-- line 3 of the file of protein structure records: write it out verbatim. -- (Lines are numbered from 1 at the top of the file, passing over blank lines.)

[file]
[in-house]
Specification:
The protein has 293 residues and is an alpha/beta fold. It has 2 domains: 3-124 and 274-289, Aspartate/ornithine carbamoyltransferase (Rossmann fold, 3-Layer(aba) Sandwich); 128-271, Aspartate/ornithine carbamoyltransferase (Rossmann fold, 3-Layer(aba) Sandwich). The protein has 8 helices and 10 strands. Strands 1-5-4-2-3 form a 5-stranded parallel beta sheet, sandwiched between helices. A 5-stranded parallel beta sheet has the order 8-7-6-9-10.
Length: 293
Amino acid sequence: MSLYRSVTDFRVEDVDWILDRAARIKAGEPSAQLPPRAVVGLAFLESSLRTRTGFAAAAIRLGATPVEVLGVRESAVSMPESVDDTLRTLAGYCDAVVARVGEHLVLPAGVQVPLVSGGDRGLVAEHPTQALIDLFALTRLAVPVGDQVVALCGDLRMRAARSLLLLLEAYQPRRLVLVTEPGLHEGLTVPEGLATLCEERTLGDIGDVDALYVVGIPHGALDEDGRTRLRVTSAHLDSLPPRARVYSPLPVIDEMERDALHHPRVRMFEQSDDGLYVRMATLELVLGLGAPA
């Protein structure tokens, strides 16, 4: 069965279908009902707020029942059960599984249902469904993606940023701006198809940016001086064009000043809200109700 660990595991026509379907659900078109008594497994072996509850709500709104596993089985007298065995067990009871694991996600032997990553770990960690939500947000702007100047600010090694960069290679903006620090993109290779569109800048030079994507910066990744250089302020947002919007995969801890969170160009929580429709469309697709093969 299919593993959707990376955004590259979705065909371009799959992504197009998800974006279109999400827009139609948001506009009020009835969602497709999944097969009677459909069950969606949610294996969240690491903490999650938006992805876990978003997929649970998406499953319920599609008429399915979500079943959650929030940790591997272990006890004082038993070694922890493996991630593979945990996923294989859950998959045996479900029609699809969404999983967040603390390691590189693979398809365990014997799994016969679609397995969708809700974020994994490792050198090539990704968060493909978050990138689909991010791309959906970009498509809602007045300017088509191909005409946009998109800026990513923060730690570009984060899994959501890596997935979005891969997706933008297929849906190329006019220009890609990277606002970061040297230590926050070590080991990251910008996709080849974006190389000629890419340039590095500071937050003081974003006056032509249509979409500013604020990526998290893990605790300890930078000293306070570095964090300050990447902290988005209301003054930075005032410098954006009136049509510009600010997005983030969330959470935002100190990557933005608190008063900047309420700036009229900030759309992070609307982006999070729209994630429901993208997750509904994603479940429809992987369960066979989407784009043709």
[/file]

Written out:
The protein has 293 residues and is an alpha/beta fold. It has 2 domains: 3-124 and 274-289, Aspartate/ornithine carbamoyltransferase (Rossmann fold, 3-Layer(aba) Sandwich); 128-271, Aspartate/ornithine carbamoyltransferase (Rossmann fold, 3-Layer(aba) Sandwich). The protein has 8 helices and 10 strands. Strands 1-5-4-2-3 form a 5-stranded parallel beta sheet, sandwiched between helices. A 5-stranded parallel beta sheet has the order 8-7-6-9-10.